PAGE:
Phil Honeywood, Executive Director of IEAA.

Robert Parsonson, Executive Officer of the International Student Education Agent Association of Australia (ISEAA), described how agencies have embraced digital marketing to students and focused on retention and welfare of onshore students, but said it had been difficult to keep Australia in focus as a genuine destination to offshore students, especially as other destinations open up.

Sarah Lightfoot, Acting CEO of UNSW Global, argued that community engagement and the strong desire of students to talk to other students had been major features of the pandemic. She added that the online study area has actually given a voice to some students that might have been apprehensive to speak in class.

Tim Eckenfels of the International House Sydney group.

Roxana Ene , General Manager of Greenwich English College , talked about the need to market online and hybrid programmes differently, on educating agents and students on the benefits of these, and the importance of “showing” rather than telling through videos and trial lessons.

Click here to read a separate StudyTravel Magazine report on a special conference session on the success of online innovations.

In another plenary, Joanna Shaw, Senior Manager at La Trobe University, also talked on the importance of increasing student-to-student connections for international students. She highlighted that there are no frameworks or best practice for increasing engagement in Australia’s strategy, and now is an opportunity to rethink that approach and emphasised the social and community benefits of hosting and connecting with international students.

On market engagement, Svetlana Cruz, Senior Researcher at Bonard, English Australia’s research partner, provided insights on where Australia has highest market share.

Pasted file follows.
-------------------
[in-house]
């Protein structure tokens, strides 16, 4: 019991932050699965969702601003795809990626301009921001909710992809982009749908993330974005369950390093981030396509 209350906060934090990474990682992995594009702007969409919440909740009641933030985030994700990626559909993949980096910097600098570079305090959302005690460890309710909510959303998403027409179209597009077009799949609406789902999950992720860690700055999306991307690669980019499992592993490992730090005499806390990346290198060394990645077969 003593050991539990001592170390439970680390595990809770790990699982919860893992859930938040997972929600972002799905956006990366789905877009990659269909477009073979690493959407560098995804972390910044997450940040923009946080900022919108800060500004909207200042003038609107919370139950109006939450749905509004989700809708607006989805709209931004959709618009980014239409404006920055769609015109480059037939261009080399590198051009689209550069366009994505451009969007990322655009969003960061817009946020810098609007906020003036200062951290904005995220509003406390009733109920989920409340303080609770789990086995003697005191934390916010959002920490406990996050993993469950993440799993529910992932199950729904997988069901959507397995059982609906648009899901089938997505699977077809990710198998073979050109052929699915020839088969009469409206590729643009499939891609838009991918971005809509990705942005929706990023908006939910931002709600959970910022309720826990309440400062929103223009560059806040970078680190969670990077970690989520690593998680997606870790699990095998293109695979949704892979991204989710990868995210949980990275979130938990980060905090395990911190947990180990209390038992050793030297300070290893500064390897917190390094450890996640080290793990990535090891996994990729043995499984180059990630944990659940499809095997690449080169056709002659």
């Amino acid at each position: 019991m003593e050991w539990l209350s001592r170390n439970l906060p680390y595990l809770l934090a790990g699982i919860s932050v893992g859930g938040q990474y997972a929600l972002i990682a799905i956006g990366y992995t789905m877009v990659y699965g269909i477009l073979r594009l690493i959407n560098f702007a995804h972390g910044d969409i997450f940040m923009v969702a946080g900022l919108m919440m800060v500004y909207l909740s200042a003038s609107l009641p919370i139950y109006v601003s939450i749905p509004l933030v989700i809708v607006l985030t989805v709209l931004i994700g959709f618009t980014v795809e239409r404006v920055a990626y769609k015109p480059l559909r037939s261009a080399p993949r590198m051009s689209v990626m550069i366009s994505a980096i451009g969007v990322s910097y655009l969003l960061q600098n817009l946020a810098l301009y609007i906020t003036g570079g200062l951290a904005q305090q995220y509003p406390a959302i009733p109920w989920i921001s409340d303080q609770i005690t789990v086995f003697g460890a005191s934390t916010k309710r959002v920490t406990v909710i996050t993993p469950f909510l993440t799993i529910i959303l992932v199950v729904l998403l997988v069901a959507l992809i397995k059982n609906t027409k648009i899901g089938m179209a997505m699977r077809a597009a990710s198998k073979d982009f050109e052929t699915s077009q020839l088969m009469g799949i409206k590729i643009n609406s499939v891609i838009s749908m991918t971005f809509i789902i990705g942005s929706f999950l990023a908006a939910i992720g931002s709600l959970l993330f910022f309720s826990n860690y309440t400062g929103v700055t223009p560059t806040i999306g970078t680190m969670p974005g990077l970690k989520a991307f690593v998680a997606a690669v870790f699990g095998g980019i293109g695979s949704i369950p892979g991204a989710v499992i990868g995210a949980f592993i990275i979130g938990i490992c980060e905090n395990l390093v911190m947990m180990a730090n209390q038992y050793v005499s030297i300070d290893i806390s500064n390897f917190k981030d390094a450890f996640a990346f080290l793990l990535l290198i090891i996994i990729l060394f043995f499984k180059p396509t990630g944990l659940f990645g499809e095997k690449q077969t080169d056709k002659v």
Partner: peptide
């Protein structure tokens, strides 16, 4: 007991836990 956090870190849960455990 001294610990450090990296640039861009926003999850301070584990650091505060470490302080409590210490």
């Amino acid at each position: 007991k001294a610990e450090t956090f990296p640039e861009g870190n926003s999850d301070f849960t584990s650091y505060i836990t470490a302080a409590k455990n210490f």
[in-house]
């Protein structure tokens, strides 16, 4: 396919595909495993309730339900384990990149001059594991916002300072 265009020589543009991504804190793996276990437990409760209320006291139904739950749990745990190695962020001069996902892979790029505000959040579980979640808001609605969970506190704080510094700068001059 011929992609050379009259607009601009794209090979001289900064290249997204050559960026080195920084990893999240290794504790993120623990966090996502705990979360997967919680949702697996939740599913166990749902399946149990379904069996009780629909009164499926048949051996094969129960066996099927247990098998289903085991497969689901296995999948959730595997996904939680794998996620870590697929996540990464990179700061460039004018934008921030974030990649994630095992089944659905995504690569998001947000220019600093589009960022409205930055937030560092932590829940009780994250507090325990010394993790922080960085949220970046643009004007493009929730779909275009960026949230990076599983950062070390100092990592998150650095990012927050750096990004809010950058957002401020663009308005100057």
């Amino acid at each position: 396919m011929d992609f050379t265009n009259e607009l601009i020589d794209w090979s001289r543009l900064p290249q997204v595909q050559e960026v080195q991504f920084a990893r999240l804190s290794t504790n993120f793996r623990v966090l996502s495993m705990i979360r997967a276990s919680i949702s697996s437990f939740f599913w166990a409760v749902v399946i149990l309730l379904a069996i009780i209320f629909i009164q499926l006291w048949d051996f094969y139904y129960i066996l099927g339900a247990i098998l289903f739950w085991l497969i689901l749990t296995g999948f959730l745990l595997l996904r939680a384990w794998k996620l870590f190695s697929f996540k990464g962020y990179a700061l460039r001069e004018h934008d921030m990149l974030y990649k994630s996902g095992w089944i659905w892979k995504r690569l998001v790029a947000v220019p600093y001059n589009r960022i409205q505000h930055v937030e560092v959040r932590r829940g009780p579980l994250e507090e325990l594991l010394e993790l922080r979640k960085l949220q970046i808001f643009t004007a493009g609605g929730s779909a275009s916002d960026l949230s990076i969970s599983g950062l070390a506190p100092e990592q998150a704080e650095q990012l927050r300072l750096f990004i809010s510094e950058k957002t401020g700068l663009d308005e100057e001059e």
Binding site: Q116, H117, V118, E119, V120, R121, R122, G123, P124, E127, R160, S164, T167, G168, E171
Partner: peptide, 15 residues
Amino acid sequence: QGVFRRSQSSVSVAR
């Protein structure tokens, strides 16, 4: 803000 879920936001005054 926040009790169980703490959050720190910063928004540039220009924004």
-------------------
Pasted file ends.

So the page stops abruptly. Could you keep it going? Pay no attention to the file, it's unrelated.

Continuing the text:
In 2019, Australia was estimated to have 89 per cent market share of ELT students from Malaysia and 85 per cent of ELT learners from Nepal, and more than 50 per cent market share from Mongolia, Colombia and Thailand. She also highlighted Myanmar, Bangladesh, Ecuador, Bolivia and Uruguay as five emerging markets that achieved significant growth for Australia in 2019.

On the academic side of the conference, Silvana Richardson, Academic Director of Studies of Bell  in the UK, gave a plenary talk on CPD opportunities in the pandemic for English language learners. She discussed key ingredients such as making the need to learn more explicit, creating a sense of urgency to apply learning, deciding and evaluating together, and increasing ‘just-in-time’ learning.

Other sessions at the conference included Barbara Craig of Macquarie University discussing the essential ingredients of school leadership, and that flexibility and innovation will be key for leaders as the sector reopens.

Roxana Ene of Greenwich English College.

English Australia represents more than 120 ELICOS English language providers in both the public and private sectors. Click here to read more about the 2021 annual conference.

 

The full article was originally published on StudyTravel (September 2021) at the following link.